This is a manuscript of the 3rd edition, a work in progress sponsored by the US National Science Foundation.
A husband and wife may make a single return jointly of income taxes even though one of the spouses has neither gross income nor deductions, except as provided below: The above exception shall not apply if the surviving spouse remarries before the close of his taxable year, nor if the taxable year of either spouse is a fractional part of a year under section a 1 ; in the case of death of one spouse or both spouses the joint return with respect to the decedent may be made only by his executor or administrator; except that in the case of the death of one spouse the joint return may be made by the surviving spouse with respect to both himself and the decedent if no return for the taxable year has been made by the decedent, no executor or administrator has been appointed, and no executor or administrator is appointed before the last day prescribed by law for filing the return of the surviving spouse.
If an executor or administrator of the decedent is appointed after the making of the joint return by the surviving spouse, the executor or administrator may disaffirm such joint return by making, within 1 year after the last day prescribed by law for filing the return of the surviving spouse, a separate return for the taxable year of the decedent with respect to which the joint return was made, in which case the return made by the survivor shall constitute his separate return.
Married Filing Separately and Allocation of Deductions and Expenses Most married taxpayers can choose whether to file joint returns or separate returns. Most couples will pay less tax if they file joint returns, but in some situations they will benefit from filing separate returns.
A married individual filing a separate return must report on that return his or her own items of gross income, exemptions, deductions and credits. IRS PublicationDivorced or Separated Individualsincludes a chart showing how itemized deductions are allocated when separate returns are filed in community and noncommunity property states.
Allowable deductions may be taken by the individual who actually makes the expenditure. Newcombe, 10 TCMDec. When Married Taxpayers Should File Separate Returns Married couples usually have a lower tax liability if they file a joint return than if they file separately because of the tax rates and other provisions which are generally more generous to married individuals filing joint returns.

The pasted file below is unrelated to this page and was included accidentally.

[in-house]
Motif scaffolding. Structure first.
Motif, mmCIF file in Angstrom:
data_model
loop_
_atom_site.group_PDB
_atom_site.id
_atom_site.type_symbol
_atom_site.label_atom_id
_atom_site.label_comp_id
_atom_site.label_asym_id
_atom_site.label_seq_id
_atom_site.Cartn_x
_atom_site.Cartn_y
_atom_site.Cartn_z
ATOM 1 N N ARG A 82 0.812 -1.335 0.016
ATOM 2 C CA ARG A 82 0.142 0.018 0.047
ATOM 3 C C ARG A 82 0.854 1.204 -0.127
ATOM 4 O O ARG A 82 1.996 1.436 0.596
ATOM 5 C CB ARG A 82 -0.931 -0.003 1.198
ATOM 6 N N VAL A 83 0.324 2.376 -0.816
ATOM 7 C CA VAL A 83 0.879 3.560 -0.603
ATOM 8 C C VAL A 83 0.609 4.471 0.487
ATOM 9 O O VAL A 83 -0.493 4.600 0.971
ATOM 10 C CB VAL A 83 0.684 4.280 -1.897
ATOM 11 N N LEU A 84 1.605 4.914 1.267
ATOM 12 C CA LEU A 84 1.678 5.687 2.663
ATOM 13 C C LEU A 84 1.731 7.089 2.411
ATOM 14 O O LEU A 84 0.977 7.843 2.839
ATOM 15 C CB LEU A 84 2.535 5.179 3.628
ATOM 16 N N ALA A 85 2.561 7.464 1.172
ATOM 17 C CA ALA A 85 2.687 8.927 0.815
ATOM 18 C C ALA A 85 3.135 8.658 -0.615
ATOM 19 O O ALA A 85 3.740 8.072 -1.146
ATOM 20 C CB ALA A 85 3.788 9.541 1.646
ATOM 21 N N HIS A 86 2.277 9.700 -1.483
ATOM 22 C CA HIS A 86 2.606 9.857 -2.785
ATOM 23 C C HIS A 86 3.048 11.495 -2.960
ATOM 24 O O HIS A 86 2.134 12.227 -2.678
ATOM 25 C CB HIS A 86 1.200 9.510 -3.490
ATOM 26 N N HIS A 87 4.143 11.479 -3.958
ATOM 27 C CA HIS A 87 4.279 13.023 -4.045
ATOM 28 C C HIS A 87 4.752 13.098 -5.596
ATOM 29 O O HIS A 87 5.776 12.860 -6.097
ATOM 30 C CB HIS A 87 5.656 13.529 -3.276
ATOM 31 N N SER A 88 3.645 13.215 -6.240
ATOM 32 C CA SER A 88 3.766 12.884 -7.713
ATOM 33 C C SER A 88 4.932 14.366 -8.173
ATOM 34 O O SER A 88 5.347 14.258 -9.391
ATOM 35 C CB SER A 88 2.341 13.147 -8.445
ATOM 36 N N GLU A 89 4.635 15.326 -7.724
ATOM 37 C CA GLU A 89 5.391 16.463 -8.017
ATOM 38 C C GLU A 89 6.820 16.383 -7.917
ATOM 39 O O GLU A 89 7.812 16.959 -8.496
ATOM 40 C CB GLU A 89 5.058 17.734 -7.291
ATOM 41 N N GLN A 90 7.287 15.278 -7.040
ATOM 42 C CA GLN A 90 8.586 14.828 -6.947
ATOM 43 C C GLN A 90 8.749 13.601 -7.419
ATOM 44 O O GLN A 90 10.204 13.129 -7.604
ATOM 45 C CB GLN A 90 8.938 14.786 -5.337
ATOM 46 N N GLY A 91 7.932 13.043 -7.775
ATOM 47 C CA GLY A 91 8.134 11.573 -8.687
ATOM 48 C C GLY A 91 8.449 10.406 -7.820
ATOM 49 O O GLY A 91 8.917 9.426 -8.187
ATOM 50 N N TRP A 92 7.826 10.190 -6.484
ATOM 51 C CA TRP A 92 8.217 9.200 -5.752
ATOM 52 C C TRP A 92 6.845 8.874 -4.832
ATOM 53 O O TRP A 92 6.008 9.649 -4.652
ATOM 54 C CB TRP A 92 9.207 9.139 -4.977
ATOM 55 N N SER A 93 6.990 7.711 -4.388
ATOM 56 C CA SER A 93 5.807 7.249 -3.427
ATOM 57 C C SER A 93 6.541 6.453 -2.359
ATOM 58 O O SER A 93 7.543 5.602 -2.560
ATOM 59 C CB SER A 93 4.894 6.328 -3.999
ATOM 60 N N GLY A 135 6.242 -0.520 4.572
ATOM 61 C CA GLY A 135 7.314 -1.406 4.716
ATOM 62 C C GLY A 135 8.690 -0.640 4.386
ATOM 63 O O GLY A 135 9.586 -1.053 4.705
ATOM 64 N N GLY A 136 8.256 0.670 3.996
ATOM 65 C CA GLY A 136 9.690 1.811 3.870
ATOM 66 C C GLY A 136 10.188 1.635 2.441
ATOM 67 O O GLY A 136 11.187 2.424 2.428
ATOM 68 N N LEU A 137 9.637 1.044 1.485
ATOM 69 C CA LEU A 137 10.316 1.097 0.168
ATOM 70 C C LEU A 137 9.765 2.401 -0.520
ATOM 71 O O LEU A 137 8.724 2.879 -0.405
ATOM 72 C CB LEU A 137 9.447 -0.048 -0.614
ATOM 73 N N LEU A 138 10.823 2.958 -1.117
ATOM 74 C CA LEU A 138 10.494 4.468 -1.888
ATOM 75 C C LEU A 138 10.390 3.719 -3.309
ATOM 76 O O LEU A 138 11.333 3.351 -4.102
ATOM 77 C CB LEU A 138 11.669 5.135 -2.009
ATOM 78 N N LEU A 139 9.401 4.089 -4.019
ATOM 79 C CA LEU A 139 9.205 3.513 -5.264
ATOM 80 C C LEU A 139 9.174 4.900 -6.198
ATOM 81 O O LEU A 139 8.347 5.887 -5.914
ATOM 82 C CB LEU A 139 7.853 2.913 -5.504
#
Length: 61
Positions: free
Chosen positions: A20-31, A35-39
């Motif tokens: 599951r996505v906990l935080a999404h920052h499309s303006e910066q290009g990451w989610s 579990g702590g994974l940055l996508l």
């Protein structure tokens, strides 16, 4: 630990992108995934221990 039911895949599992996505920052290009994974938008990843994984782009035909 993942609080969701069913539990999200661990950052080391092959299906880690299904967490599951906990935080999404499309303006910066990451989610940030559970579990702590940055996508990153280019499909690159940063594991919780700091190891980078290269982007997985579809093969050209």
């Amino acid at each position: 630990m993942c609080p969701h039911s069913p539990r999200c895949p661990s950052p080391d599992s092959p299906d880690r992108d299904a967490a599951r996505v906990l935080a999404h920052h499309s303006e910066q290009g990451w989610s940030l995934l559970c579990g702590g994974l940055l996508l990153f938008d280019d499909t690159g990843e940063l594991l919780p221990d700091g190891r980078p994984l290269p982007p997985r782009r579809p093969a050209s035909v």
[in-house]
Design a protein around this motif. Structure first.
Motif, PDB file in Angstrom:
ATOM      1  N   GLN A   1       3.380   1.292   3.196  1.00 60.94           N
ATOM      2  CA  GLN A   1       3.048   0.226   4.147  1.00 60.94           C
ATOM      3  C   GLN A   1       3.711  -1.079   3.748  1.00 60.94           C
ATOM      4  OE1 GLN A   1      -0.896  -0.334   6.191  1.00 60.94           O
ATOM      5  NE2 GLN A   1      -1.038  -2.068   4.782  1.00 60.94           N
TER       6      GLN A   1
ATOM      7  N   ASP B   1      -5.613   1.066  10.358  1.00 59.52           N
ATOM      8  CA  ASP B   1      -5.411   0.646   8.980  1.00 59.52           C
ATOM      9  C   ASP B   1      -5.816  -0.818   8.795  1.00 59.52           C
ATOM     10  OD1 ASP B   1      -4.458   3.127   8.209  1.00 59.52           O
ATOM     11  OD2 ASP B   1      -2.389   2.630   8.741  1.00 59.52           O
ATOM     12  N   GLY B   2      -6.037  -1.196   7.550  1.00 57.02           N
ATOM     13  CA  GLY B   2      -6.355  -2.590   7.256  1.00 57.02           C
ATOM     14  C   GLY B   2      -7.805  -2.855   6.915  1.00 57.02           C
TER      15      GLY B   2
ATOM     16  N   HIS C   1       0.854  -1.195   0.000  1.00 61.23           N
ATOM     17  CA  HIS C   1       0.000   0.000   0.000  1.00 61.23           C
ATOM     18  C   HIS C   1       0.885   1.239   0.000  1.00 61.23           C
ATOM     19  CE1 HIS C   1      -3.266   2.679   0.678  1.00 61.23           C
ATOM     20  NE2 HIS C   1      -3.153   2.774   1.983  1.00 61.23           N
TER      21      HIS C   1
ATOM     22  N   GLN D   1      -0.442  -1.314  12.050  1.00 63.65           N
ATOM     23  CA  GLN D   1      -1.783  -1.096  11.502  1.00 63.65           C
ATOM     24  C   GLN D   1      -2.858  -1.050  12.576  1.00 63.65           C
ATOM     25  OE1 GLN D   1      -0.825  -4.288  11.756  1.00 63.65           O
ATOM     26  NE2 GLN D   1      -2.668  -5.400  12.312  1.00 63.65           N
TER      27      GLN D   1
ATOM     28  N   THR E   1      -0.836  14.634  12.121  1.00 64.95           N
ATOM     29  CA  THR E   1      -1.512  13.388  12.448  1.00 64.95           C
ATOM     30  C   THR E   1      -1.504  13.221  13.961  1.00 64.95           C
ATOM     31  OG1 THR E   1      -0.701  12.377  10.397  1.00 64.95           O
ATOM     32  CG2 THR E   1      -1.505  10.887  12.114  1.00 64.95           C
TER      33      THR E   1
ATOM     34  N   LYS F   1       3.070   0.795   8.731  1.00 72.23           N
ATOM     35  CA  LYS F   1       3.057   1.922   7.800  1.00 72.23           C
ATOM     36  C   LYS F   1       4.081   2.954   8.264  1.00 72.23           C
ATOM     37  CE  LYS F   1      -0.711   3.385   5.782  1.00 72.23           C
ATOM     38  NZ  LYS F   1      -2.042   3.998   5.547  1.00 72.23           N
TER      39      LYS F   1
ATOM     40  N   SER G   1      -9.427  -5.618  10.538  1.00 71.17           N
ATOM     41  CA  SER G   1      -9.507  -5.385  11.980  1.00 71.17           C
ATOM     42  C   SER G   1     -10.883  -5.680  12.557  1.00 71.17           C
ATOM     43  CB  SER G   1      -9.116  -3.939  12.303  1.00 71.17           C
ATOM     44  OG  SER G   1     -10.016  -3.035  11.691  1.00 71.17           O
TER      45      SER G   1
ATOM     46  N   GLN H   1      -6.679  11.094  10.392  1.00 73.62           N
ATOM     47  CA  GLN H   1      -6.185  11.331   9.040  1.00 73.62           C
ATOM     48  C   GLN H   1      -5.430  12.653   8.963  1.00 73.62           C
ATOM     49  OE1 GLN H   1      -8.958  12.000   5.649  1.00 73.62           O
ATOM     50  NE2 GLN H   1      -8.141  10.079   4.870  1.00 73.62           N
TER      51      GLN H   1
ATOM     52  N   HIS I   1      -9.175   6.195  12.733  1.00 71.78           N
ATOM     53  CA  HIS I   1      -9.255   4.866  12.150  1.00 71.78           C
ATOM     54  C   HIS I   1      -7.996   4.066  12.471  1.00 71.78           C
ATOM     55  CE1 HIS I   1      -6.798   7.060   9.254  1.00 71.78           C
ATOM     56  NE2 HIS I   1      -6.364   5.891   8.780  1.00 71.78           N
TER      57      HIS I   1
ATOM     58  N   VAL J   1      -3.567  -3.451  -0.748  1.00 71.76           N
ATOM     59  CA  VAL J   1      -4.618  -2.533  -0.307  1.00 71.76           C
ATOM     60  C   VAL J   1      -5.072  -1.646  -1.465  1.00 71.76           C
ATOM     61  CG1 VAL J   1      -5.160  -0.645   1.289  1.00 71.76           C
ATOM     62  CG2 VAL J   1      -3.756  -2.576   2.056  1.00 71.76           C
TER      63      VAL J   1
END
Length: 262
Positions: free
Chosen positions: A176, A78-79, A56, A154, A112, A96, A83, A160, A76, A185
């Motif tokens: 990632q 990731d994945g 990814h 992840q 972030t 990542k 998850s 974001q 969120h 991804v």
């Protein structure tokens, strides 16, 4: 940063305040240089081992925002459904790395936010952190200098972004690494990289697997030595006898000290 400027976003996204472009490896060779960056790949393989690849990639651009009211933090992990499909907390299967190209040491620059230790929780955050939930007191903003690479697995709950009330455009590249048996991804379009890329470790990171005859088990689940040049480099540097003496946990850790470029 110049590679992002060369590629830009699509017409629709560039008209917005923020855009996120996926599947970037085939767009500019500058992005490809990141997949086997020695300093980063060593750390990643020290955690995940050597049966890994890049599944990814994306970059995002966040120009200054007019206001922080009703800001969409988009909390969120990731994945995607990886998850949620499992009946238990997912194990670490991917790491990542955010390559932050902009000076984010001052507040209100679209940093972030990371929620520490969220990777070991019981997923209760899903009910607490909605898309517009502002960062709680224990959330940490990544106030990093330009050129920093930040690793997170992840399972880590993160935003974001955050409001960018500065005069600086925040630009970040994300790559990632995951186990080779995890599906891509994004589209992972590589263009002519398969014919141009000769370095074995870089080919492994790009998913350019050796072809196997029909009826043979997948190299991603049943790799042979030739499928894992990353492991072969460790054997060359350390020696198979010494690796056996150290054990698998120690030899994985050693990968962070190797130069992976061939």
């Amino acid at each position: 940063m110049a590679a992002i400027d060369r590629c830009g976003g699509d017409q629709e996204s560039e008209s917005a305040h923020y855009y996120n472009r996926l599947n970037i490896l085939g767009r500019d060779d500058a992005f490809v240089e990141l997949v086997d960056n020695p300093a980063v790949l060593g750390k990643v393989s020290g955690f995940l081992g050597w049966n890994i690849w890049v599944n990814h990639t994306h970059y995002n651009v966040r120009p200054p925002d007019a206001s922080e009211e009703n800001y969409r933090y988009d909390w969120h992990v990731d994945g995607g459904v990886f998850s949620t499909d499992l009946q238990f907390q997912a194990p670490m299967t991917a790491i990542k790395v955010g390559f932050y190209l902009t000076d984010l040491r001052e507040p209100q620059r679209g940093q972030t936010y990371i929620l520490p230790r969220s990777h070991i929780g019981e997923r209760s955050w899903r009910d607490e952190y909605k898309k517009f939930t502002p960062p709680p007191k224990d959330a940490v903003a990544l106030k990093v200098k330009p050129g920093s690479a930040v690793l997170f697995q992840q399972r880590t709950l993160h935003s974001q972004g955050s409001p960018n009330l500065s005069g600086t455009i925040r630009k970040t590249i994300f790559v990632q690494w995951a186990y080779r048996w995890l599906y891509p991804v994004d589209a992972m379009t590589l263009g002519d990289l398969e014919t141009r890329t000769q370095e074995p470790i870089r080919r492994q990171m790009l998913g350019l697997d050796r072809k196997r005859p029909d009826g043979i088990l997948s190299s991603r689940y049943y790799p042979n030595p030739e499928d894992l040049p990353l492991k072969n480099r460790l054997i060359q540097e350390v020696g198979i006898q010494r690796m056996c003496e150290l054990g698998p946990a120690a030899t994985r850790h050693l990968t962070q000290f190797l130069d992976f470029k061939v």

However, circumstances may be such that one spouse does not want to incur the potential liability for tax on a joint return and would therefore rather file a separate return even though the resulting tax liability may be higher.
There are a few, somewhat unusual situations when a married couple might have a lower combined tax liability by filing separate returns rather than by filing a joint return. When these fact patterns appear, computations of tax liability should be made under both the married filing separate returns rules and the married filing jointly provisions so that a comparison can be made.
Miscellaneous Itemized Deductions Miscellaneous itemized deductions are allowed only to the extent they exceed 2 percent of an individual's adjusted gross income.
If one spouse itemizes deductions, however, the standard deduction for the other spouse is zero.
Personal Casualty Gains and Losses The excess of personal casualty losses over personal casualty gains in a tax year is deductible only to the extent the excess is greater than 10 percent of adjusted gross income. If they file separate returns the loss would be deducted from ordinary income, while the gain would be taxed at the rates for capital gains.
If they file a joint return, the personal casualty gain is offset by the personal casualty loss. Medical Expenses The deduction for medical expenses is allowed only to the extent the expenses exceed 7.
Husband does not have any medical expenses for the tax year. Sales or Exchanges of Business Property and Involuntary Conversions Taxpayers treat gains and losses from the sale or exchange of property used in a trade or business, or from the involuntary conversion of capital assets held in connection with a trade or business, as long-term capital gains and losses when recognized gains in a current tax year exceed recognized losses.
When the gains do not exceed the losses, the gains and losses are treated as ordinary.Payroll Accounting Chapter 4 Created by kapeach. 86 Terms Scores Info Add to Folder Log in 1. the employer makes no matching contribution 2. participation is not madatory 3.
the employer does not endorse any IRA sponsors Read More. View Notes - Ch. 4 Matching from ACCOUNTING at Santa Ana College. of noncash fringe benefits E. $3, deduction in computing taxable income F. Withholdings from gross pay that reduce the amount.
Chap 1 Matching%(4). As you learn about accounting for payroll and fringe benefits, keep the matching principle in mind. As the above examples show, the date on which a company pays wages or fringe benefits is not necessarily the date on which the company reports the expense on its financial statements.
Doing Business with Us. Suppliers; Licensing; Rights & Permissions; Auctions; IT Policies, Process & Standards; Search. Financial Accounting Fundamentals, Ch. 1, Wild, Page 1 CHAPTER 1: INTRODUCING FINANCIAL ACCOUNTING I.
IMPORTANCE OF ACCOUNTING Accounting is the language of business and is called this because all organizations set up an. CHAPTER * EMPLOYMENT REGULATION *Function of commissioner with respect to chapter.
C. Temporary injunctions would not be granted to restrain enforcement of penal provisions even if enforcement of chapter would be accompanied by injury to plaintiff's property.